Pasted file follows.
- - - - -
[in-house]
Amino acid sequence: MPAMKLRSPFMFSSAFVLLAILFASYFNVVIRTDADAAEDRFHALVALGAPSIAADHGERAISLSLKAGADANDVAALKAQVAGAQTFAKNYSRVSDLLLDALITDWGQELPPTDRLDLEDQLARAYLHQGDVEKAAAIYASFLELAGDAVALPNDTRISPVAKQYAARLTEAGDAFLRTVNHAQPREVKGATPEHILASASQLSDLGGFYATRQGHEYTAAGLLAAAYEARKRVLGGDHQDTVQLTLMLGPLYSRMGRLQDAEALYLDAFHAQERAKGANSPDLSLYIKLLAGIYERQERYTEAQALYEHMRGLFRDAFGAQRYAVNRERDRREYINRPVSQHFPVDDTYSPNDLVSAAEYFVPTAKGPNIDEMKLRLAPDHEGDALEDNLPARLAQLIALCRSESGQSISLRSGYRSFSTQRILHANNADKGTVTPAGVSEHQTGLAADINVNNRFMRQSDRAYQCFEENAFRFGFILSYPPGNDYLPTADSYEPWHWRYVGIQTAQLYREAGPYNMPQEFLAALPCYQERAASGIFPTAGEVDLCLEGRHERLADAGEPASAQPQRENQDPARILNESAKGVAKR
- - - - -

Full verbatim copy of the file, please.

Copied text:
[in-house]
Amino acid sequence: MPAMKLRSPFMFSSAFVLLAILFASYFNVVIRTDADAAEDRFHALVALGAPSIAADHGERAISLSLKAGADANDVAALKAQVAGAQTFAKNYSRVSDLLLDALITDWGQELPPTDRLDLEDQLARAYLHQGDVEKAAAIYASFLELAGDAVALPNDTRISPVAKQYAARLTEAGDAFLRTVNHAQPREVKGATPEHILASASQLSDLGGFYATRQGHEYTAAGLLAAAYEARKRVLGGDHQDTVQLTLMLGPLYSRMGRLQDAEALYLDAFHAQERAKGANSPDLSLYIKLLAGIYERQERYTEAQALYEHMRGLFRDAFGAQRYAVNRERDRREYINRPVSQHFPVDDTYSPNDLVSAAEYFVPTAKGPNIDEMKLRLAPDHEGDALEDNLPARLAQLIALCRSESGQSISLRSGYRSFSTQRILHANNADKGTVTPAGVSEHQTGLAADINVNNRFMRQSDRAYQCFEENAFRFGFILSYPPGNDYLPTADSYEPWHWRYVGIQTAQLYREAGPYNMPQEFLAALPCYQERAASGIFPTAGEVDLCLEGRHERLADAGEPASAQPQRENQDPARILNESAKGVAKR